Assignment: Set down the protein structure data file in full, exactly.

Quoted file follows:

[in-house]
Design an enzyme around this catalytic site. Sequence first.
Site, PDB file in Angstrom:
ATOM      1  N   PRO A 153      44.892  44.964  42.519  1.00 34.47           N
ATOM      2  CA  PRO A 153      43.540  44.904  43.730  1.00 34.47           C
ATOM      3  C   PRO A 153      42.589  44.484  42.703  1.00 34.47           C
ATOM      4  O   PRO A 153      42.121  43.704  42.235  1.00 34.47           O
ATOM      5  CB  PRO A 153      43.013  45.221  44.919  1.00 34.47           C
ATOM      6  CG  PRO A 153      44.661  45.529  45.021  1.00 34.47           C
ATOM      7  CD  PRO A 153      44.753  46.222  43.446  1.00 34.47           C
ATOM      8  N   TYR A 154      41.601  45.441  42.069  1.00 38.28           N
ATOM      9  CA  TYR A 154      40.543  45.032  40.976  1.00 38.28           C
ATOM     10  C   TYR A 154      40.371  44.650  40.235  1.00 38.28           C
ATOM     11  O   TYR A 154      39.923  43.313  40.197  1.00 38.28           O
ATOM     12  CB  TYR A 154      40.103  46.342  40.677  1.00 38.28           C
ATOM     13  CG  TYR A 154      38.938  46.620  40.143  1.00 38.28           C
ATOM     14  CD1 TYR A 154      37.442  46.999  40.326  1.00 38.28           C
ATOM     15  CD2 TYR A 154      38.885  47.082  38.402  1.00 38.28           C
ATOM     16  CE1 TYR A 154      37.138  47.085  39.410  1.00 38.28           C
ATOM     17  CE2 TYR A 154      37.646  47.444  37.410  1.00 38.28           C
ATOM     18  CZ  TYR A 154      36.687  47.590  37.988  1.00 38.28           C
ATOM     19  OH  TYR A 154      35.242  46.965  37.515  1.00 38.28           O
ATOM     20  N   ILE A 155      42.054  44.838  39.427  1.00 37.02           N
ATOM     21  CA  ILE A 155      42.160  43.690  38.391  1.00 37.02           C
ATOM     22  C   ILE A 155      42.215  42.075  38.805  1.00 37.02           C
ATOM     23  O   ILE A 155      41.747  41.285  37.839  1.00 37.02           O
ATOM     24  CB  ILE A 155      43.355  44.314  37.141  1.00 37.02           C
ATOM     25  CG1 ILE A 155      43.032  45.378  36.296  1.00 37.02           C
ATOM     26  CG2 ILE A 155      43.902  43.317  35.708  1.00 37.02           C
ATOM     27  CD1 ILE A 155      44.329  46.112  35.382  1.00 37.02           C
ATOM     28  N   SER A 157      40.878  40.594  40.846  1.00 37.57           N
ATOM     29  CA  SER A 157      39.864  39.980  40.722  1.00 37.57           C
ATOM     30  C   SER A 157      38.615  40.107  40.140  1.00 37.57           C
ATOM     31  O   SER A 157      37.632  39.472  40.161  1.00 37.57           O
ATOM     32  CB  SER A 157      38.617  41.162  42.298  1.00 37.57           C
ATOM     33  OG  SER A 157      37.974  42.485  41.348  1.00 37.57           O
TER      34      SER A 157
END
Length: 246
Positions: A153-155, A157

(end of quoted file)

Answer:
[in-house]
Design an enzyme around this catalytic site. Sequence first.
Site, PDB file in Angstrom:
ATOM      1  N   PRO A 153      44.892  44.964  42.519  1.00 34.47           N
ATOM      2  CA  PRO A 153      43.540  44.904  43.730  1.00 34.47           C
ATOM      3  C   PRO A 153      42.589  44.484  42.703  1.00 34.47           C
ATOM      4  O   PRO A 153      42.121  43.704  42.235  1.00 34.47           O
ATOM      5  CB  PRO A 153      43.013  45.221  44.919  1.00 34.47           C
ATOM      6  CG  PRO A 153      44.661  45.529  45.021  1.00 34.47           C
ATOM      7  CD  PRO A 153      44.753  46.222  43.446  1.00 34.47           C
ATOM      8  N   TYR A 154      41.601  45.441  42.069  1.00 38.28           N
ATOM      9  CA  TYR A 154      40.543  45.032  40.976  1.00 38.28           C
ATOM     10  C   TYR A 154      40.371  44.650  40.235  1.00 38.28           C
ATOM     11  O   TYR A 154      39.923  43.313  40.197  1.00 38.28           O
ATOM     12  CB  TYR A 154      40.103  46.342  40.677  1.00 38.28           C
ATOM     13  CG  TYR A 154      38.938  46.620  40.143  1.00 38.28           C
ATOM     14  CD1 TYR A 154      37.442  46.999  40.326  1.00 38.28           C
ATOM     15  CD2 TYR A 154      38.885  47.082  38.402  1.00 38.28           C
ATOM     16  CE1 TYR A 154      37.138  47.085  39.410  1.00 38.28           C
ATOM     17  CE2 TYR A 154      37.646  47.444  37.410  1.00 38.28           C
ATOM     18  CZ  TYR A 154      36.687  47.590  37.988  1.00 38.28           C
ATOM     19  OH  TYR A 154      35.242  46.965  37.515  1.00 38.28           O
ATOM     20  N   ILE A 155      42.054  44.838  39.427  1.00 37.02           N
ATOM     21  CA  ILE A 155      42.160  43.690  38.391  1.00 37.02           C
ATOM     22  C   ILE A 155      42.215  42.075  38.805  1.00 37.02           C
ATOM     23  O   ILE A 155      41.747  41.285  37.839  1.00 37.02           O
ATOM     24  CB  ILE A 155      43.355  44.314  37.141  1.00 37.02           C
ATOM     25  CG1 ILE A 155      43.032  45.378  36.296  1.00 37.02           C
ATOM     26  CG2 ILE A 155      43.902  43.317  35.708  1.00 37.02           C
ATOM     27  CD1 ILE A 155      44.329  46.112  35.382  1.00 37.02           C
ATOM     28  N   SER A 157      40.878  40.594  40.846  1.00 37.57           N
ATOM     29  CA  SER A 157      39.864  39.980  40.722  1.00 37.57           C
ATOM     30  C   SER A 157      38.615  40.107  40.140  1.00 37.57           C
ATOM     31  O   SER A 157      37.632  39.472  40.161  1.00 37.57           O
ATOM     32  CB  SER A 157      38.617  41.162  42.298  1.00 37.57           C
ATOM     33  OG  SER A 157      37.974  42.485  41.348  1.00 37.57           O
TER      34      SER A 157
END
Length: 246
Positions: A153-155, A157